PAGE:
Israel is juggling COVID-19, annexation and Iran - analysis

“My position remains clear,” Netanyahu said for the umpteenth time before the meeting with Hook. “We will do whatever is necessary to prevent Iran from developing nuclear weapons.”

Prime Minister Benjamin Netanyahu speaking at the Knesset, February 2020. (photo credit: MARC ISRAEL SELLEM)
Prime Minister Benjamin Netanyahu speaking at the Knesset, February 2020.
(photo credit: MARC ISRAEL SELLEM)
Prime Minister Benjamin Netanyahu welcomed Brian Hook, the US special representative on Iran, to his office this week saying that they had weighty issues to discuss, “so serious they can’t even wait for COVID-19.”
There is something to Netanyahu’s comment, even if it seemed designed as a dig at Alternate Prime Minister Benny Gantz, who earlier this week, in the context of speculation whether Israel would extend its sovereignty to parts of Judea and Samaria on July 1, said, “anything that is not related to the coronavirus will wait.”
But not everything can wait until after corona, especially since no one knows when that will be. And Iran, with its continuing efforts to try to entrench itself in Syria, and moving forward on its nuclear program, is one of those things.
“My position remains clear,” Netanyahu said for the umpteenth time before the meeting with Hook. “We will do whatever is necessary to prevent Iran from developing nuclear weapons.”
Though generally this is boilerplate rhetoric, it took on added significance this week in light of three mysterious incidents inside Iran: a huge explosion at the site of a major missile facility at Khojir, a fire at a medical center in Tehran and an unexplained “incident” Thursday at the Natanz enrichment facility.
Israel obviously denies any involvement, but then words like those spoken on Wednesday by Netanyahu come and fuel the fire for those looking to blame Israel. Something is happening in Iran, and because it is unclear if this week’s incidents were accidental or sabotage, ears naturally perk up when Netanyahu says Israel will do whatever is necessary to stymie Iran’s nuclear ambitions.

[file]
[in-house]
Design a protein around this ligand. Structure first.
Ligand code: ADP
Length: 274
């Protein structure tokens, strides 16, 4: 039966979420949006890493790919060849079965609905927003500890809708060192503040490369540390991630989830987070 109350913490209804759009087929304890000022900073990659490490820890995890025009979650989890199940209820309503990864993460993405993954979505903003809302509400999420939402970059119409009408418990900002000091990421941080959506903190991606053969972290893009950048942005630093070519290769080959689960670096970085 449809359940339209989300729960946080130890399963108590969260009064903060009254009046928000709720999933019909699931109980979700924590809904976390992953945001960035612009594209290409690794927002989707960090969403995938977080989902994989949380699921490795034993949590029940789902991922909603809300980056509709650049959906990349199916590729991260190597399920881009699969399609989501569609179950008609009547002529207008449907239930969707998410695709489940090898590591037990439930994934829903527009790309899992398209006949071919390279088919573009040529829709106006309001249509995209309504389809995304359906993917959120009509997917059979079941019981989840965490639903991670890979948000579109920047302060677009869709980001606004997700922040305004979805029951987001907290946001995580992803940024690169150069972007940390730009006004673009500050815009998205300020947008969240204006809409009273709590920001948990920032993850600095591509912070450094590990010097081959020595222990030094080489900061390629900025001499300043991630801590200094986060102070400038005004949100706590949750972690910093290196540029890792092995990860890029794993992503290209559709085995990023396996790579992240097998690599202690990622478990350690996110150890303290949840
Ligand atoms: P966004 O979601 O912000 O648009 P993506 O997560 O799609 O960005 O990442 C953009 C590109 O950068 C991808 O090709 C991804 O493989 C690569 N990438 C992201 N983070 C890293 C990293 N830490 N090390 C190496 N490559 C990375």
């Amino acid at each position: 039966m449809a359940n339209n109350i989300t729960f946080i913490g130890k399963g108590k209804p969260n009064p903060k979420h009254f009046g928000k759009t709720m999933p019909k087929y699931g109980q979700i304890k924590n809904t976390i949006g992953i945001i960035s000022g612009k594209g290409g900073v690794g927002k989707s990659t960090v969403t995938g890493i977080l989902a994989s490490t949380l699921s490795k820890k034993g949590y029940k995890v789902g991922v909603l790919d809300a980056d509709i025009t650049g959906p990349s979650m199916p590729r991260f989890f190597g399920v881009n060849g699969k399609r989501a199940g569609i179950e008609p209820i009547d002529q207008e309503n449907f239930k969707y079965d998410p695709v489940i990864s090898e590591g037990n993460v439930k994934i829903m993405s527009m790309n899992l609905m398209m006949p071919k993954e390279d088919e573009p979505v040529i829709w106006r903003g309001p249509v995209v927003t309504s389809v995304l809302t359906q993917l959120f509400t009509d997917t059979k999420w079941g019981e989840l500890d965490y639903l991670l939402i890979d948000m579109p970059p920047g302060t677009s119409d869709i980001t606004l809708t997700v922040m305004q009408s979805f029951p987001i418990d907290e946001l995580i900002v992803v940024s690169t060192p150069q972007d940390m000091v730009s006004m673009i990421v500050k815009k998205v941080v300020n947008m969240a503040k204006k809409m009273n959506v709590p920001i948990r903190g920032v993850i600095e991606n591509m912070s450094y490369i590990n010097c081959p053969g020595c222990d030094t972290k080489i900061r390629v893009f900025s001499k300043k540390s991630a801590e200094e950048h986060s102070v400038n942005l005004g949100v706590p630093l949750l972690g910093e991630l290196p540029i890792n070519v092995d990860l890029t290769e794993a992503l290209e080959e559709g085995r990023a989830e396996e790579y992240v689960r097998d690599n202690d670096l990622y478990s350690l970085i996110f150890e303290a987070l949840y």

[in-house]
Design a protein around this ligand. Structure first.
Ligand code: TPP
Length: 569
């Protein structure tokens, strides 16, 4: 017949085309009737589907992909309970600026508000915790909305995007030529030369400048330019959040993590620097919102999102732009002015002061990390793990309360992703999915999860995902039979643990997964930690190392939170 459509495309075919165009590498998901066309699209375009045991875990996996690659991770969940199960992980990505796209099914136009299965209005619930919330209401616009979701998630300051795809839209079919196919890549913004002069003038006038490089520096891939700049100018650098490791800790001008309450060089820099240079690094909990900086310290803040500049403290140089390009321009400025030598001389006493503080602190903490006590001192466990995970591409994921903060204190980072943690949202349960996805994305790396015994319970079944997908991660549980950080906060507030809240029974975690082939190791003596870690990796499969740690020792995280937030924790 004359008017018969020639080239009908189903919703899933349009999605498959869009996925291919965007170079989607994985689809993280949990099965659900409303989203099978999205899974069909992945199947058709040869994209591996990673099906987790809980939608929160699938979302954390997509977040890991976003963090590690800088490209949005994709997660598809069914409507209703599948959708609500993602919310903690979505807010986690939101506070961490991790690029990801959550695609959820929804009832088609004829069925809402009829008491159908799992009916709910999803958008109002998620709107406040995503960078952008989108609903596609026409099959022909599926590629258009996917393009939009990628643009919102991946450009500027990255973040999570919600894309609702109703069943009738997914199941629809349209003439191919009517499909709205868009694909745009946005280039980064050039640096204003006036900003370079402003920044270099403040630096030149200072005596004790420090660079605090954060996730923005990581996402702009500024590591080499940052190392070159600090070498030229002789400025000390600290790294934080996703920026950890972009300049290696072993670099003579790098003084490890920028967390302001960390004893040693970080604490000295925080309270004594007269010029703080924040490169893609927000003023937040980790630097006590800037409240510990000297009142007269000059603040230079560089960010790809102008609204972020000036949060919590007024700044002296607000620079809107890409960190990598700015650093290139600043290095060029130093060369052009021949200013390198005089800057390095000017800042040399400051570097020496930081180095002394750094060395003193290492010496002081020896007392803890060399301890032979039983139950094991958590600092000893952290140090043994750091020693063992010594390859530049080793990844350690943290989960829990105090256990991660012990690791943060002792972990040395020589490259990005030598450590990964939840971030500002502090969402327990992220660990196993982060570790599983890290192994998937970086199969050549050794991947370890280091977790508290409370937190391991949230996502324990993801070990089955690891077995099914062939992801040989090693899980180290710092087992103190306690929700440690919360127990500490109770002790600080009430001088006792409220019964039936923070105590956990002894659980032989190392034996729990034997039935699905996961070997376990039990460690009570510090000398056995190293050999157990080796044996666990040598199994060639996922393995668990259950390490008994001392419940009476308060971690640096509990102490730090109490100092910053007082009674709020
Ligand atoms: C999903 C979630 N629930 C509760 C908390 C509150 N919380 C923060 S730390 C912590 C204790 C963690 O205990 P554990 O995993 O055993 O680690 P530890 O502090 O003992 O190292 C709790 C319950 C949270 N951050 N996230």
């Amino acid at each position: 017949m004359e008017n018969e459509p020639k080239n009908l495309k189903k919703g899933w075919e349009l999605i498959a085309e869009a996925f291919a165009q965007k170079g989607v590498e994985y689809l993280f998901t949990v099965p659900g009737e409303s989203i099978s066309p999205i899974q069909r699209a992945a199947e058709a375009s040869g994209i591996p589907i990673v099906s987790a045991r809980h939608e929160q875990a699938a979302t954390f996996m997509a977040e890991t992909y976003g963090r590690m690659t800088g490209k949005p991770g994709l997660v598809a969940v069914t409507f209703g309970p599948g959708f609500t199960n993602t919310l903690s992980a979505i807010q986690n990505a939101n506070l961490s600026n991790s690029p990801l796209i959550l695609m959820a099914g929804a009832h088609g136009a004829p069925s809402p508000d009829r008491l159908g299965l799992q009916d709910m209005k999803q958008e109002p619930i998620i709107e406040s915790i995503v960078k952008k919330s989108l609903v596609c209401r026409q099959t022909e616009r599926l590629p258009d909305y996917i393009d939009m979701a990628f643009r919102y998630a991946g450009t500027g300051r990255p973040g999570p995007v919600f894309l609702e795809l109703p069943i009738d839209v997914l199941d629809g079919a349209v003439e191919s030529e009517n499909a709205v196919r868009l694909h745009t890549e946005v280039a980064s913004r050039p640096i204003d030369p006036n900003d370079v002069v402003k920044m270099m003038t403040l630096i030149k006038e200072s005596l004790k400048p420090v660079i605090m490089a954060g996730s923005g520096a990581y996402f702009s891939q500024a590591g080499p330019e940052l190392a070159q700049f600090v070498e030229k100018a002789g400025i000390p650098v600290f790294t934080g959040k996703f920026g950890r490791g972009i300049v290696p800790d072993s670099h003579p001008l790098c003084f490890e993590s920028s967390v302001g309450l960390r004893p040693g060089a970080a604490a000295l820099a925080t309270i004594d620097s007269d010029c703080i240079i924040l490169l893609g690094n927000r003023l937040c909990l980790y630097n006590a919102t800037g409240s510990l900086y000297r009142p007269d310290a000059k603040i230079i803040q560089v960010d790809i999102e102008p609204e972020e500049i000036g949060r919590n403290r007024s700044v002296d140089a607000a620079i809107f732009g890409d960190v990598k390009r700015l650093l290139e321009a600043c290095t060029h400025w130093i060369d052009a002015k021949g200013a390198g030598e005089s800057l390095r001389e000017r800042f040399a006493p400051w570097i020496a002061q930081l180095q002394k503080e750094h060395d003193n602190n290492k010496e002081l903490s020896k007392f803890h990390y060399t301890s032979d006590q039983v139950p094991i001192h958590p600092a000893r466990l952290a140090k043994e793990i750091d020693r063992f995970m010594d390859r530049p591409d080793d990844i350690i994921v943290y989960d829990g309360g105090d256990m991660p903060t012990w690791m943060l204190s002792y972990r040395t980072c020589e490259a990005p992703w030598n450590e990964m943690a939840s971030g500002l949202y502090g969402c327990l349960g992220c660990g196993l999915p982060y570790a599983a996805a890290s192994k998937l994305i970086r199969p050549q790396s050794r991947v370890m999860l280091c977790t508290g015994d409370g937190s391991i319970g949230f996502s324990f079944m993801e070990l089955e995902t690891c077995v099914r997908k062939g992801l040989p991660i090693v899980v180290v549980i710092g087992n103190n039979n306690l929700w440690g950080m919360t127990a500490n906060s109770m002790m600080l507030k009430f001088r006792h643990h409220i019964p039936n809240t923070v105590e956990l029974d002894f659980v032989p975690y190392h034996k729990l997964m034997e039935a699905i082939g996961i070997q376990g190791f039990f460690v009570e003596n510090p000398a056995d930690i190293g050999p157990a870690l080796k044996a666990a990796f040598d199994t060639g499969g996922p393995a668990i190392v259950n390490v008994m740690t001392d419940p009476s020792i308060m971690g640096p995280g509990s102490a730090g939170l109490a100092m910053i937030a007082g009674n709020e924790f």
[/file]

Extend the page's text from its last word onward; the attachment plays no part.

Iran’s nuclear drive was not the only thing Netanyahu raised in his meeting with Hook. He also devoted time to Iran’s efforts to entrench itself inside Syria.
Israel, he made clear before the meeting, is “absolutely resolved to prevent Iran from entrenching itself militarily in our immediate vicinity. We take repeated and forceful military action against Iran and its proxies in Syria and elsewhere if necessary. And I say to the ayatollahs in Tehran, Israel will continue to take these actions necessary to prevent you from creating another terror and military front against Israel in Syria. And I say to Bashar Assad, you’re risking the future of your country and your regime. Israel will not allow Iran to establish a military presence in Syria.”
Does he mean it?
Over the last month there were three significant attacks against suspected Iranian assets in Syria. Israel, as is the norm when it is not an election season, did not comment on the attacks, but foreign reports have attributed them to Jerusalem.
Some have voiced concern in recent weeks that Netanyahu – in focusing on COVID-19 and the annexation issue – has taken his eye off the Iranian ball, and is not leading as forcefully a campaign as he has in the past against Tehran. His public comments before his meeting with Hook seemed to send a rhetorical signal that this was not the case. And unattributed explosions over the last few weeks in both Syria and Iran may be physical proof that this is not the case.
If there were Israeli involvement in any of these cases – and we will never know for sure – then it was intended to send a message to both the Iranians and Syrians: don’t be deluded, Israel can deal with multiple issues at the same – it can struggle with COVID-19, endlessly debate annexation and still look after its primary security imperative: keeping Iran at bay.


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